Americans have a general feeling of jadedness when it comes to tours and missionary work in well-known risk areas. The blue passport gives most American citizens a ticket into any country, with it there is an invisible shield exerted by U.S. power. Now, with threats like ISIS, kidnappings for ransom, and North Korean detainees, American journalists, tourists, and missionaries are actually taking risks when visiting some countries.
North Korea was no exception to this rule, until the past few years. In general, Caucasian Americans were free to visit North Korea without worrying they would be detained. Most Americans detained by North Korea had at least some Asian ethnicity. But this year there has been a fundamental change in who North Korea has detained. Of the 5 detained Americans in the past two years, three of them have been white. Whether this could be tied to the actions of the tourists or if it was because North Korea thought the United States would be more willing to negotiate if it had white detainees is unclear.
In most cases, such as the recent beheadings by ISIL, westerners who are kidnapped by governments or extremist organizations are used as bargaining chips for government affairs (policies, actions?) In the case of ISIS, Westerners are held and publicly executed to stop U.S. intervention and air strikes. For North Korea, the hearings, charges of hard labor, and interviews with journalists are to bring the U.S. back for talks to strengthen US-North Korean relations, or at least get a special envoy to visit.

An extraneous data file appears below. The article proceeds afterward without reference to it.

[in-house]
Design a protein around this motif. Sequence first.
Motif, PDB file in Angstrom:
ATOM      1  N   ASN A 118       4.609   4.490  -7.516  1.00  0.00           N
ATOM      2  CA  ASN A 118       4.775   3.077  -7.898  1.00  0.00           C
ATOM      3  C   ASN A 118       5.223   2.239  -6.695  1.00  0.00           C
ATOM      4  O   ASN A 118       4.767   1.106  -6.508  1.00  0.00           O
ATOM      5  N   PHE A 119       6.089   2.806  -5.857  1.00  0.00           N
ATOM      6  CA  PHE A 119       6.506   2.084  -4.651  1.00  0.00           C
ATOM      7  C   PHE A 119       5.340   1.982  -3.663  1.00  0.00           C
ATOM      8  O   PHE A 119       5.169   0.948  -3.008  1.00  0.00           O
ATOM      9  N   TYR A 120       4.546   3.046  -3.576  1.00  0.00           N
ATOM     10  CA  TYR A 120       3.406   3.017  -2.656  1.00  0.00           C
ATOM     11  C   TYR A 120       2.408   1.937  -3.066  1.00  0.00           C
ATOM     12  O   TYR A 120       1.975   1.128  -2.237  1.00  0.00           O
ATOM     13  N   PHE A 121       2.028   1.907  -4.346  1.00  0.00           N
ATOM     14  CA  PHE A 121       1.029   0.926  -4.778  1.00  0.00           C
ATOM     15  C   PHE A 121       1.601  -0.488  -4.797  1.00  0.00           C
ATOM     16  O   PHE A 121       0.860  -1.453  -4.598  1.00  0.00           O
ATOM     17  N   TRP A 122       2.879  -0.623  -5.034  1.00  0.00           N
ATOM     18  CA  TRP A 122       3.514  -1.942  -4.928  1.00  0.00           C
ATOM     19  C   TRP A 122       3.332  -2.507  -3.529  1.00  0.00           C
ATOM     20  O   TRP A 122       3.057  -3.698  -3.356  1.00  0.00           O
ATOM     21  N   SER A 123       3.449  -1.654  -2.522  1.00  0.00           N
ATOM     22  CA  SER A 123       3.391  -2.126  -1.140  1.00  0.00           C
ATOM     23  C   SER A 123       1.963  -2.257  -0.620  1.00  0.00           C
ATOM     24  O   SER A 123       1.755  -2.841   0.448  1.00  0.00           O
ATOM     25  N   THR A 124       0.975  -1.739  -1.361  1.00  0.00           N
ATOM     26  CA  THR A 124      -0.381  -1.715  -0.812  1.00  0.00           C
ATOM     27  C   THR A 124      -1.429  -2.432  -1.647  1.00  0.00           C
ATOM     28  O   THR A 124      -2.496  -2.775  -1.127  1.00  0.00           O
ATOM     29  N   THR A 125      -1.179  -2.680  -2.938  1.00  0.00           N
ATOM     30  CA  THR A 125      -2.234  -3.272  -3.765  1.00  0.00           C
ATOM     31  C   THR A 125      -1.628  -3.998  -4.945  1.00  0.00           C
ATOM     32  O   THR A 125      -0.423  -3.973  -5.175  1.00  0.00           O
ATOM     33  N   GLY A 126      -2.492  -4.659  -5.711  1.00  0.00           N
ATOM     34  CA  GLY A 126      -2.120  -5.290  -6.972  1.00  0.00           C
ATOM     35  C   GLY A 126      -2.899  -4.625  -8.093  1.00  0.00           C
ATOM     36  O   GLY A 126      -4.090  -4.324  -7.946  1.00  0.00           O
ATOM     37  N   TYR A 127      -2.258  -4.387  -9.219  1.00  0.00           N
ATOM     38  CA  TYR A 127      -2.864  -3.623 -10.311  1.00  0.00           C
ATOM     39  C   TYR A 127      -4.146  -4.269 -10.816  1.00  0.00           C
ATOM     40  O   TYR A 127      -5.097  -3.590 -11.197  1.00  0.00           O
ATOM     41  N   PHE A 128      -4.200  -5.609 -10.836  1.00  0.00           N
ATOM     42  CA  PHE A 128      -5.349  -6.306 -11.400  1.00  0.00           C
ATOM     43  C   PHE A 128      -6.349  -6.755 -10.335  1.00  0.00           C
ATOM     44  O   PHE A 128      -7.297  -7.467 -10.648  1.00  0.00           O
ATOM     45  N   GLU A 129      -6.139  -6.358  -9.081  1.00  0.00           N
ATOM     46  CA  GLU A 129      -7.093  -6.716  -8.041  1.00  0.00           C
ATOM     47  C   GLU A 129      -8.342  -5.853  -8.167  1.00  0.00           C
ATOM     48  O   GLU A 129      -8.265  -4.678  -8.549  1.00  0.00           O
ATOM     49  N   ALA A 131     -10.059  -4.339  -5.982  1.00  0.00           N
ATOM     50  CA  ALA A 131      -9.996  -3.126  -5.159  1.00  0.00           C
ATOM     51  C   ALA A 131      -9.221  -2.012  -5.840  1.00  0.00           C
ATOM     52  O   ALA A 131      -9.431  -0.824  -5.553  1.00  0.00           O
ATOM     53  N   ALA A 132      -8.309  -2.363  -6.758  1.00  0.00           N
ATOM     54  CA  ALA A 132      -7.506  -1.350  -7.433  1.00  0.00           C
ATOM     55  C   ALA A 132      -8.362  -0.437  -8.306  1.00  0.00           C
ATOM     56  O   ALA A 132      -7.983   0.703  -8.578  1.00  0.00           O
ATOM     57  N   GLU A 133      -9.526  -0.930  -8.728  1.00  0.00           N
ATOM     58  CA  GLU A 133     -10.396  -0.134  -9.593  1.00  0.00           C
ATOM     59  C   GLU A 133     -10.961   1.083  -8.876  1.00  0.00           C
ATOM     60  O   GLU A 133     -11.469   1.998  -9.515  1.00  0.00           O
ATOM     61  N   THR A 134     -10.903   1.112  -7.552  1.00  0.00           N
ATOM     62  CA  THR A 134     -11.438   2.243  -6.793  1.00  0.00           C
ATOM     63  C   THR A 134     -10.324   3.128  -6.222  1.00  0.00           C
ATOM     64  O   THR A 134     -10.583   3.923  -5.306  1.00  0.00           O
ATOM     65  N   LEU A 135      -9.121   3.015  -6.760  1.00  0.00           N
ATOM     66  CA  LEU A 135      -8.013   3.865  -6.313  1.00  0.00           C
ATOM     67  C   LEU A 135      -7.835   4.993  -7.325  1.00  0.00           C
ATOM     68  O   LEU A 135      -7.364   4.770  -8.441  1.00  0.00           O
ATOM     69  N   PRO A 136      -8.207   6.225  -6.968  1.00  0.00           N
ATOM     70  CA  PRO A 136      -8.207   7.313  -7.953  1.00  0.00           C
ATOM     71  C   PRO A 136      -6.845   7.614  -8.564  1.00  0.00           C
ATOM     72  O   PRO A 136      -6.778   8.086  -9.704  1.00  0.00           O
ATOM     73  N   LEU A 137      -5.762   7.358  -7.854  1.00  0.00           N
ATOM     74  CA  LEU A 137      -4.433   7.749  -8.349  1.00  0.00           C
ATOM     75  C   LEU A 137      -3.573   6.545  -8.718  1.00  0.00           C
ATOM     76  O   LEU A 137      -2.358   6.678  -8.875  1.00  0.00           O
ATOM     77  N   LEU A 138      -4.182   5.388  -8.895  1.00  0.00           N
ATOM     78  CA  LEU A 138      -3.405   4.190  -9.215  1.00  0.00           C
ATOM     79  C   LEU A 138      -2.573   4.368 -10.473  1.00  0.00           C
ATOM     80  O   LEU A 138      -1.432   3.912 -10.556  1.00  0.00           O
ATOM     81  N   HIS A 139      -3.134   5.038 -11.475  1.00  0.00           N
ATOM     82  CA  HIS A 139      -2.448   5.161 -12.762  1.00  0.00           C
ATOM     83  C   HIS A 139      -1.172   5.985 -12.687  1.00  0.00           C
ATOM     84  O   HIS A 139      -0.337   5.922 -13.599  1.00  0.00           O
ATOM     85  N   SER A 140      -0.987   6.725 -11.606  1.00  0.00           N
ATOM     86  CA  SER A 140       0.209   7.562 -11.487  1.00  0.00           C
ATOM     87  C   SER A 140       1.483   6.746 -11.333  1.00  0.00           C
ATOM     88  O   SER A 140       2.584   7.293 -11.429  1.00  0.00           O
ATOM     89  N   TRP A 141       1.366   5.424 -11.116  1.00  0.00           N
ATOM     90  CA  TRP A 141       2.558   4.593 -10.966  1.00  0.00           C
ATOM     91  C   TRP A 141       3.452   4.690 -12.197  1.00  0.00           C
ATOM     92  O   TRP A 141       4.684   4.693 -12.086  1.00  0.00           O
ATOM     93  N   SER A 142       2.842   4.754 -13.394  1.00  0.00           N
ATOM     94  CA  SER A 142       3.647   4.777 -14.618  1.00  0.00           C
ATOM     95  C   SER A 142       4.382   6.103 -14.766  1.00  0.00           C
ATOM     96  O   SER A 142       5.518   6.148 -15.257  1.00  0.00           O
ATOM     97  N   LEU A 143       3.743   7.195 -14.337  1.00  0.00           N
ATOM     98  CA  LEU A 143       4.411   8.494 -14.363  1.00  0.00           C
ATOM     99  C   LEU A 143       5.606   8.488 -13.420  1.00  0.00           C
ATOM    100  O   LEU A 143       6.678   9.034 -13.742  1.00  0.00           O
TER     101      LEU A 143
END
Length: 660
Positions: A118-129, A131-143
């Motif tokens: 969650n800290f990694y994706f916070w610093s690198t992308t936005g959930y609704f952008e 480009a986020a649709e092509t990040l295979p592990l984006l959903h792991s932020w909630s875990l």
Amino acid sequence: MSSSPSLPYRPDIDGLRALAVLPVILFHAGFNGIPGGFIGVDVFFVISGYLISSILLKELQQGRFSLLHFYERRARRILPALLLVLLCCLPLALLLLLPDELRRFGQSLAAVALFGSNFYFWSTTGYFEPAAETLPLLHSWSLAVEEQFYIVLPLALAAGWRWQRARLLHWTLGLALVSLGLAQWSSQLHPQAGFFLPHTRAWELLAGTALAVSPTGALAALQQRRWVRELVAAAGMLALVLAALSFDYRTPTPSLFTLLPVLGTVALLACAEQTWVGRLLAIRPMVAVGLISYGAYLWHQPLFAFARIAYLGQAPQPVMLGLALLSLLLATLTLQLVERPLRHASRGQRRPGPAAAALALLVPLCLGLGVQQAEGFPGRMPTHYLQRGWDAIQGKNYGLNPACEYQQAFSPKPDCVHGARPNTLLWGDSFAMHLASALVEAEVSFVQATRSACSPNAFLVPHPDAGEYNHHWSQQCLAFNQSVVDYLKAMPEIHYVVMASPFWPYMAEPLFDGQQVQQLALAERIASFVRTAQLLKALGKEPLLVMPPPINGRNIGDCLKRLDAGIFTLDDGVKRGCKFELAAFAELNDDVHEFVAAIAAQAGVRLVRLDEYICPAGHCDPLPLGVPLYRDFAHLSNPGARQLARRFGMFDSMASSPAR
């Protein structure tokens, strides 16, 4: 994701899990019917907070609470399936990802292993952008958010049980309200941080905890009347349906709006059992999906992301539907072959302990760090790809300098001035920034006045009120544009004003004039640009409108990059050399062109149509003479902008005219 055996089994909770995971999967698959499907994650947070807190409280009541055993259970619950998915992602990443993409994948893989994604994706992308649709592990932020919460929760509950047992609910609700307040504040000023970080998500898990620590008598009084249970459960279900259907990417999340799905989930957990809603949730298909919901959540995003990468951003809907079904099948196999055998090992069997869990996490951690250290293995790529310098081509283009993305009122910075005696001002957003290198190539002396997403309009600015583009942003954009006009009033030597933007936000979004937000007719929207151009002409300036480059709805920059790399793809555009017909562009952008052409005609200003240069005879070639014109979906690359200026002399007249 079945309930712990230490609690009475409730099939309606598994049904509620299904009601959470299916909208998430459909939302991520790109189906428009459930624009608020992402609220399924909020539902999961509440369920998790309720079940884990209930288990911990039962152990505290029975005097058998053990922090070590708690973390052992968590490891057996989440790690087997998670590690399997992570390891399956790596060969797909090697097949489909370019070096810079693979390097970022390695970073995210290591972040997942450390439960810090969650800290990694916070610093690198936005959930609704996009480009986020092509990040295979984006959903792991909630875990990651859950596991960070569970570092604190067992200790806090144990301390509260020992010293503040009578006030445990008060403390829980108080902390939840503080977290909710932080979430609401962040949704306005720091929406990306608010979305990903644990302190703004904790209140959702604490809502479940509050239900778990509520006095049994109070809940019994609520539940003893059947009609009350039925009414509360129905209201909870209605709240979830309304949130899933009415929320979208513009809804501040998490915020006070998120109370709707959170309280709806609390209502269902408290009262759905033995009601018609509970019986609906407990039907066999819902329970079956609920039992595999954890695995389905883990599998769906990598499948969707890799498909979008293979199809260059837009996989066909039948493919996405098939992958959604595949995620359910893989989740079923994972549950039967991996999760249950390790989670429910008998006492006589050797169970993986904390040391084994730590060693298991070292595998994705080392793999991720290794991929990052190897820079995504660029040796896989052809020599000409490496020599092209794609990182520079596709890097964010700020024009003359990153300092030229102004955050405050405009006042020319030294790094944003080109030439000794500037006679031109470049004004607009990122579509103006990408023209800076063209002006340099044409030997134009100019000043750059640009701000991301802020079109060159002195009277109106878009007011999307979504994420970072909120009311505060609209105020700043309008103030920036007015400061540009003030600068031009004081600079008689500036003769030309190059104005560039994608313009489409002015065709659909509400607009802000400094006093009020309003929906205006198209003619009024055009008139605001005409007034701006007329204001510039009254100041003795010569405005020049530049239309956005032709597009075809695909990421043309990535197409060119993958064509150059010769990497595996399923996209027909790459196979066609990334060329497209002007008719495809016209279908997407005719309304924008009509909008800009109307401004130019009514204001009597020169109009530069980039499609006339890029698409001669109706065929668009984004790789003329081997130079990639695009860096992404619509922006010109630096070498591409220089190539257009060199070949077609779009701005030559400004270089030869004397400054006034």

On Monday, September 1, State Department Spokesperson Jen Psaki called for the release of all three detained citizens. Additionally, Patrick Ventrell, a spokesperson for the White House National Security Council assured that, “Securing the release of US citizens is a top priority and we have followed these cases closely in the White House. We continue to do all we can to secure their earliest possible release.”
Currently, “all we can do” means staying in close contact with the Swedish embassy in North Korea, which acts as the U.S. protecting power for issues involving U.S. citizens in North Korea. In the past, to gain the release of detainees special envoys consisting of Representatives/Ambassadors (Bill Richardson), former American presidents ( Bill Clinton and Jimmy Carter) and Robert King have made the trip. These trips, not formally sponsored by the U.S. government but out of the private humanitarian concerns of these officials, have allegedly been accompanied by an apology to the North Korean government for the acts of the U.S. citizens.
Is there more the United States should be doing to secure the safety of its citizens in countries they specifically state Americans should not visit, such as North Korea? At what point do American citizens assume responsibility of their safety through their own actions, and when should we turn to the government for aid while abroad?
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